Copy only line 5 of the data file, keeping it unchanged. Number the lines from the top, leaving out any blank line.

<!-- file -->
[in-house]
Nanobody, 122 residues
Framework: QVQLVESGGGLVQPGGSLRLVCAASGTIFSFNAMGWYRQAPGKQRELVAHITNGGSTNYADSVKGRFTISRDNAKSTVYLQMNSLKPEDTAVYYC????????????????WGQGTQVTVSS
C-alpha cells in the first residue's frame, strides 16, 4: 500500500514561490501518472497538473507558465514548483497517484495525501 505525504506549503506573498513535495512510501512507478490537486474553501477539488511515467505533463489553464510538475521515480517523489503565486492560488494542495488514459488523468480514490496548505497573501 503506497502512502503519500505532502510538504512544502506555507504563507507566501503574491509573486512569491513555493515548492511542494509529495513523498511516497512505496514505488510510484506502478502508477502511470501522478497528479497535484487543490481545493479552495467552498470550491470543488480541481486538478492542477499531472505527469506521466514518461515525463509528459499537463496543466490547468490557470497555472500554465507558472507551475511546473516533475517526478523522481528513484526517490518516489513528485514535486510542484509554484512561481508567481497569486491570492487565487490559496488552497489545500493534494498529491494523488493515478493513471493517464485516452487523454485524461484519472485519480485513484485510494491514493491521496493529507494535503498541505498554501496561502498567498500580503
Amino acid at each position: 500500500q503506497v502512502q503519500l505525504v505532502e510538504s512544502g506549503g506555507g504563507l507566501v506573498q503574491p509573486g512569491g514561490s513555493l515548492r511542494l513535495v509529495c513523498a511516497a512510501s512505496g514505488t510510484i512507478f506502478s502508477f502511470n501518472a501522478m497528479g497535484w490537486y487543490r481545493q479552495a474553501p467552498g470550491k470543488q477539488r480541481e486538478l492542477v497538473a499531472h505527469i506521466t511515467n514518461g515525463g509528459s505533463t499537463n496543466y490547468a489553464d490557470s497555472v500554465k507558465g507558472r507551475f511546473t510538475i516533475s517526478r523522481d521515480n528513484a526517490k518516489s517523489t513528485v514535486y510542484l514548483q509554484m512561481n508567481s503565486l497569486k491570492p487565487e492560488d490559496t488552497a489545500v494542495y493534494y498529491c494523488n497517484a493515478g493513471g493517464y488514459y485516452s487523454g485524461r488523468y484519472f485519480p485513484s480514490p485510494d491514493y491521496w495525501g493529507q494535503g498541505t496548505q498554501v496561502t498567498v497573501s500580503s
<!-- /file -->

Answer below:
Amino acid at each position: 500500500q503506497v502512502q503519500l505525504v505532502e510538504s512544502g506549503g506555507g504563507l507566501v506573498q503574491p509573486g512569491g514561490s513555493l515548492r511542494l513535495v509529495c513523498a511516497a512510501s512505496g514505488t510510484i512507478f506502478s502508477f502511470n501518472a501522478m497528479g497535484w490537486y487543490r481545493q479552495a474553501p467552498g470550491k470543488q477539488r480541481e486538478l492542477v497538473a499531472h505527469i506521466t511515467n514518461g515525463g509528459s505533463t499537463n496543466y490547468a489553464d490557470s497555472v500554465k507558465g507558472r507551475f511546473t510538475i516533475s517526478r523522481d521515480n528513484a526517490k518516489s517523489t513528485v514535486y510542484l514548483q509554484m512561481n508567481s503565486l497569486k491570492p487565487e492560488d490559496t488552497a489545500v494542495y493534494y498529491c494523488n497517484a493515478g493513471g493517464y488514459y485516452s487523454g485524461r488523468y484519472f485519480p485513484s480514490p485510494d491514493y491521496w495525501g493529507q494535503g498541505t496548505q498554501v496561502t498567498v497573501s500580503s